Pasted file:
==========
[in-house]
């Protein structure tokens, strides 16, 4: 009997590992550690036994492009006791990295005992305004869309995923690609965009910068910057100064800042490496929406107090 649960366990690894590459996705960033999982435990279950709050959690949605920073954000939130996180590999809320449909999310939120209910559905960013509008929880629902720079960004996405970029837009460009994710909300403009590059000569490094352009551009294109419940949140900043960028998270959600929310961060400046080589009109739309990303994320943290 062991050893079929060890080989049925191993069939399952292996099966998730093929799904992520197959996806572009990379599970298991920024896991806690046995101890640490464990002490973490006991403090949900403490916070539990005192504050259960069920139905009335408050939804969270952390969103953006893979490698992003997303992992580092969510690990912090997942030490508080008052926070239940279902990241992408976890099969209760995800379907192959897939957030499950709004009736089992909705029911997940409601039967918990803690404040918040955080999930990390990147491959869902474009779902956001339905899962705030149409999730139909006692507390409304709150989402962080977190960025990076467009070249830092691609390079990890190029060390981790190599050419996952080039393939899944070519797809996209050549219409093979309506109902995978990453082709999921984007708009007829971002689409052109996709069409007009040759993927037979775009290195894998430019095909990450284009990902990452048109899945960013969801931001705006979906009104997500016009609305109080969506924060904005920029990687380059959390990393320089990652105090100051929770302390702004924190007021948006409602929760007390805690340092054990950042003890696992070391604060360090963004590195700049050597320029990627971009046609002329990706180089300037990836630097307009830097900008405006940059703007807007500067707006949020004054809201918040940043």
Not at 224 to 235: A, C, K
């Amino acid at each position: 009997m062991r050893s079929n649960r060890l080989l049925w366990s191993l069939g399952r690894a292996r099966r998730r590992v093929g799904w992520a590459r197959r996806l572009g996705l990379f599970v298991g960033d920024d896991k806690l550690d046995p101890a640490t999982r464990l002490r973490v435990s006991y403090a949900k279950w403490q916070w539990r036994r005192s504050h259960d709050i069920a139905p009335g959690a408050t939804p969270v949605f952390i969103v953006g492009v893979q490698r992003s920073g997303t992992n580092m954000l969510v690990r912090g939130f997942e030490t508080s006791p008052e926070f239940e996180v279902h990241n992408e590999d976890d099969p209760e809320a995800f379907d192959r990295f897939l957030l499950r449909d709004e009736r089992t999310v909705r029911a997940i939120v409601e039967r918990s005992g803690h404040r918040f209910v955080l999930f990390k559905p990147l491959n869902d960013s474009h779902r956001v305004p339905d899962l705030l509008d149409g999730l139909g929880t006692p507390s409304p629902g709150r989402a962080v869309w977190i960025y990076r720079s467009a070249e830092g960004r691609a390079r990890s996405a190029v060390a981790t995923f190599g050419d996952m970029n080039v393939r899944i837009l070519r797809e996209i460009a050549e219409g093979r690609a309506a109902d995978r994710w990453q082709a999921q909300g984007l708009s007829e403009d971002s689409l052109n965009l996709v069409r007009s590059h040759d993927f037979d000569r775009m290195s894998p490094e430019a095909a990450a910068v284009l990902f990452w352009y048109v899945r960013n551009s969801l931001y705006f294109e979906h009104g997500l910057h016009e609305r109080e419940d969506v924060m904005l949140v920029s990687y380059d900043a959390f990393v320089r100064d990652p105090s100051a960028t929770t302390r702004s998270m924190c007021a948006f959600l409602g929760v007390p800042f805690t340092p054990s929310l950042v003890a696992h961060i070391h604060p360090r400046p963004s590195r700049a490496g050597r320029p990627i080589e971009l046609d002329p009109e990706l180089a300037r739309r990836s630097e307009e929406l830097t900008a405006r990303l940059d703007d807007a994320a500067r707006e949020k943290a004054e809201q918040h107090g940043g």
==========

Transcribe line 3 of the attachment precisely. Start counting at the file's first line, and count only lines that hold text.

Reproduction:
Not at 224 to 235: A, C, K